Employers urged to help educate

October 19th, 2016

Rosa Salter Rodriguez | The Journal Gazette

Teresa Lubbers, commissioner of the Indiana Commission for Higher Education, came to Fort Wayne on Tuesday to plead for employers to get more involved in preparing students for college and careers.

At meetings with members of the Northeast Indiana Regional Partnership and the Northeast Indiana College and Careers Coalition at Sweetwater Sound, Lubbers urged employers to get on board with The Big Goal Collaborative.

The initiative is trying to raise the educational attainment of Hoosiers with a “high-quality, post-high-school credential” to 60 percent by 2025, when an estimated two-thirds of all jobs will require one, Lubbers said.

Such credentials include a two- or four-year degree or greater, or a meaningful, job-related certificate, she said.

The current rate for northeast Indiana’s workforce is 38 percent, she said.

“We need to make sure that students are academically prepared to go to and succeed in college or get jobs,” Lubbers said.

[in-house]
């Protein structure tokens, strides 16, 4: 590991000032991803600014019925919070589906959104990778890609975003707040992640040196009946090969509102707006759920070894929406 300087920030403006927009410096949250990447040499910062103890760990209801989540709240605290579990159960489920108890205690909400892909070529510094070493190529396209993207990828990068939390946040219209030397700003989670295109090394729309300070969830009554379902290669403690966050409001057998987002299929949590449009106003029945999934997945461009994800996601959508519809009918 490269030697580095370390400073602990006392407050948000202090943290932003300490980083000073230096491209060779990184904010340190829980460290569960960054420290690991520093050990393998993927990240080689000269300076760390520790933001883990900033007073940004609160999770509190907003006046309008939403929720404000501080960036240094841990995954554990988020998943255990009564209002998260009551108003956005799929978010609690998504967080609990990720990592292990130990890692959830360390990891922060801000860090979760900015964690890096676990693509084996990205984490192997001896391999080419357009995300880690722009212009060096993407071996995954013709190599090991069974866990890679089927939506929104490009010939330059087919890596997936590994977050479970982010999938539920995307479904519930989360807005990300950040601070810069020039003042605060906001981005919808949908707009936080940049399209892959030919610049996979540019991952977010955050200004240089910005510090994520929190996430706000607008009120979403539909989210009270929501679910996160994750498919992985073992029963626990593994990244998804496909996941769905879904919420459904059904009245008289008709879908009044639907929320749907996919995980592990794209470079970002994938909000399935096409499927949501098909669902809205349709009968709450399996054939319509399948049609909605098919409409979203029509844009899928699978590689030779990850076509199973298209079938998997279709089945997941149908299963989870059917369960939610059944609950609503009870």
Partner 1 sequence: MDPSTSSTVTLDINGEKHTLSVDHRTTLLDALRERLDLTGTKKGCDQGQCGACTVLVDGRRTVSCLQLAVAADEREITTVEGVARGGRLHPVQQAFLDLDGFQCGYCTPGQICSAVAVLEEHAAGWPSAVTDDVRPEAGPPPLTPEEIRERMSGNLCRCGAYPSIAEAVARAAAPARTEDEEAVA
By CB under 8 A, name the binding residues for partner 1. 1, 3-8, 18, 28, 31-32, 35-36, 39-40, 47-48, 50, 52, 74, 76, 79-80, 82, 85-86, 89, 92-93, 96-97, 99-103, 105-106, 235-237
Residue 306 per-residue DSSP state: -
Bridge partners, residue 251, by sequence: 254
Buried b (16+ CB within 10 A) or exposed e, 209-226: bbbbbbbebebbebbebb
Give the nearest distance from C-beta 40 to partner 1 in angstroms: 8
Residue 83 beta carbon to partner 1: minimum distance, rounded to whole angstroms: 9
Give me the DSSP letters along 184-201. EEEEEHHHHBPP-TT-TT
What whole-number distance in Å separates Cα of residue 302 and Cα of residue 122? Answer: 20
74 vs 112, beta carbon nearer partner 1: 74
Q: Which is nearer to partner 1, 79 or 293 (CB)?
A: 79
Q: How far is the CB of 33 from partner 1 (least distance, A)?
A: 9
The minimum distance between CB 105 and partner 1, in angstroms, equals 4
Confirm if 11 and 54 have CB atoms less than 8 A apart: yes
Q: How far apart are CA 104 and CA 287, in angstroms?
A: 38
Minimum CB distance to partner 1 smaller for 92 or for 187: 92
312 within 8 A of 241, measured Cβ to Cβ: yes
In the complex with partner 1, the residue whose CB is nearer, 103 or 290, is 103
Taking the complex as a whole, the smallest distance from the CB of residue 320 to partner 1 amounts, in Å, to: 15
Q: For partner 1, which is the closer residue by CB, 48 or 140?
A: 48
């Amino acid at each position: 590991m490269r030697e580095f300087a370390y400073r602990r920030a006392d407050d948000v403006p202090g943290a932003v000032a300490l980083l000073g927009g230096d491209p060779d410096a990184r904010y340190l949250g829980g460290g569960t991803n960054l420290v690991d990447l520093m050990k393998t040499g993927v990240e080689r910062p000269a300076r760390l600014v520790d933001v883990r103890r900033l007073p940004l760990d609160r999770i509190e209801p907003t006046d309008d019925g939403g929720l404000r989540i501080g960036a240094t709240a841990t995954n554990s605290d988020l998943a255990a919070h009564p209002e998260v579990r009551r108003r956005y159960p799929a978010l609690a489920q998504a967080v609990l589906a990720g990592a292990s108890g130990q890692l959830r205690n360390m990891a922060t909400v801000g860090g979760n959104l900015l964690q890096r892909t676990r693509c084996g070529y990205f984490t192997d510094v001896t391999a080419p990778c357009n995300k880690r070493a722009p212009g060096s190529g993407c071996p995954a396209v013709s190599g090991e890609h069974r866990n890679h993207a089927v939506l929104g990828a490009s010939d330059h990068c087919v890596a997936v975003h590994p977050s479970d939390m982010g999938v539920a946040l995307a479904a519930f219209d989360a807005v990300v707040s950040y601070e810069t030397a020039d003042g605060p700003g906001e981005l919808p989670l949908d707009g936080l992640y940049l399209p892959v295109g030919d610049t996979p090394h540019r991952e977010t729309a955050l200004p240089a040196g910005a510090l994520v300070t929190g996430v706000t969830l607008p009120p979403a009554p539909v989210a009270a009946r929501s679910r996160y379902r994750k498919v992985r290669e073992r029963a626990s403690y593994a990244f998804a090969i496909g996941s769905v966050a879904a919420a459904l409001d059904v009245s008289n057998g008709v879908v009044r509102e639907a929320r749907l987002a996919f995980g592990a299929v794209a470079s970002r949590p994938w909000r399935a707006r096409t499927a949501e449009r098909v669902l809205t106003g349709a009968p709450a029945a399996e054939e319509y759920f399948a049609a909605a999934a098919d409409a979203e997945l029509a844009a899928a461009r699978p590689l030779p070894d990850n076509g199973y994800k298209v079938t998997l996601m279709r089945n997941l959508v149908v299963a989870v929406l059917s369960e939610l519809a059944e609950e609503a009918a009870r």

Lubbers touted the 26-year growth of the state’s 21st Century Scholars program for students in grades 7 through 12 and the newer You Can Go Back program that encourages adults to return and finish college as steps in the right direction.

About 750,000 Hoosiers have attended college but have no degree, and the goal is to get 200,000 of them to return by 2020, she said.

Lubbers said the emphasis on post-secondary learning should not be interpreted as a push for everyone to go to a four-year college, but that students should be able to decide on the right post-secondary fit, based on solid career knowledge.

Potential employers can help foster that knowledge, she said, through increased cooperation with schools in developing curriculum based on their needs and through sponsorship of student-oriented activities such as site visits, career fairs, student-mentoring by their employees and internships.

Previously, she noted, many Hoosiers made “a rational decision” not to go beyond high school “because jobs didn’t require it.”

At the same time, she said, many employers did not pursue higher-education opportunities for their employees under the assumption that “if we train them, they’ll just leave us.”

But that landscape is changing in the 21st century.

“Now we know that if we (in businesses) don’t do that, if we don’t up their skills, then we won’t be able to survive as a company. I think this alignment with employers and higher education is very important,” Lubbers said.